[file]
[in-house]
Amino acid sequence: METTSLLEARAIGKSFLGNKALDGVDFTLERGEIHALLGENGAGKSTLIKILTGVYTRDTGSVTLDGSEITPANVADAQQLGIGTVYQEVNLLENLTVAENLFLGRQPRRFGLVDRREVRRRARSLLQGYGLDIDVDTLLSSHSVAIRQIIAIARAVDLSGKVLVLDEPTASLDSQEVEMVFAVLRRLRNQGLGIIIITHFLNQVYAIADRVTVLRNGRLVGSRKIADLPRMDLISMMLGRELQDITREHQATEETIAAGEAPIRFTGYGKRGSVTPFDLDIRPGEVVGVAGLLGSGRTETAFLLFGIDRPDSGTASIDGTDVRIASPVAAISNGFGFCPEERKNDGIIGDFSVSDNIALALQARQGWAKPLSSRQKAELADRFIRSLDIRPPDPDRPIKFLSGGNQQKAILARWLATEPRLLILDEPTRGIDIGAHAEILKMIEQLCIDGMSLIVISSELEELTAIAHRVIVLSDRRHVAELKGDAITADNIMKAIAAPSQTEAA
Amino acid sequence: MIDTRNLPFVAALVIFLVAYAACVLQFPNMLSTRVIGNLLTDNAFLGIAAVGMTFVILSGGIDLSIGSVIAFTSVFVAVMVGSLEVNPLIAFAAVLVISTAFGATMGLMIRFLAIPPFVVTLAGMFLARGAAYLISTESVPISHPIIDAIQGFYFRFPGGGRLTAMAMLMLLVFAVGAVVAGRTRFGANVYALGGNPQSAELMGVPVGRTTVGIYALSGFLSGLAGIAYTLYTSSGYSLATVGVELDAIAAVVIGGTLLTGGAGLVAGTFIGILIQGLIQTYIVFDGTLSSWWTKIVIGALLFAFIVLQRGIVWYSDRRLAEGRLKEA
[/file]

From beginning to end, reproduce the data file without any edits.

[in-house]
Amino acid sequence: METTSLLEARAIGKSFLGNKALDGVDFTLERGEIHALLGENGAGKSTLIKILTGVYTRDTGSVTLDGSEITPANVADAQQLGIGTVYQEVNLLENLTVAENLFLGRQPRRFGLVDRREVRRRARSLLQGYGLDIDVDTLLSSHSVAIRQIIAIARAVDLSGKVLVLDEPTASLDSQEVEMVFAVLRRLRNQGLGIIIITHFLNQVYAIADRVTVLRNGRLVGSRKIADLPRMDLISMMLGRELQDITREHQATEETIAAGEAPIRFTGYGKRGSVTPFDLDIRPGEVVGVAGLLGSGRTETAFLLFGIDRPDSGTASIDGTDVRIASPVAAISNGFGFCPEERKNDGIIGDFSVSDNIALALQARQGWAKPLSSRQKAELADRFIRSLDIRPPDPDRPIKFLSGGNQQKAILARWLATEPRLLILDEPTRGIDIGAHAEILKMIEQLCIDGMSLIVISSELEELTAIAHRVIVLSDRRHVAELKGDAITADNIMKAIAAPSQTEAA
Amino acid sequence: MIDTRNLPFVAALVIFLVAYAACVLQFPNMLSTRVIGNLLTDNAFLGIAAVGMTFVILSGGIDLSIGSVIAFTSVFVAVMVGSLEVNPLIAFAAVLVISTAFGATMGLMIRFLAIPPFVVTLAGMFLARGAAYLISTESVPISHPIIDAIQGFYFRFPGGGRLTAMAMLMLLVFAVGAVVAGRTRFGANVYALGGNPQSAELMGVPVGRTTVGIYALSGFLSGLAGIAYTLYTSSGYSLATVGVELDAIAAVVIGGTLLTGGAGLVAGTFIGILIQGLIQTYIVFDGTLSSWWTKIVIGALLFAFIVLQRGIVWYSDRRLAEGRLKEA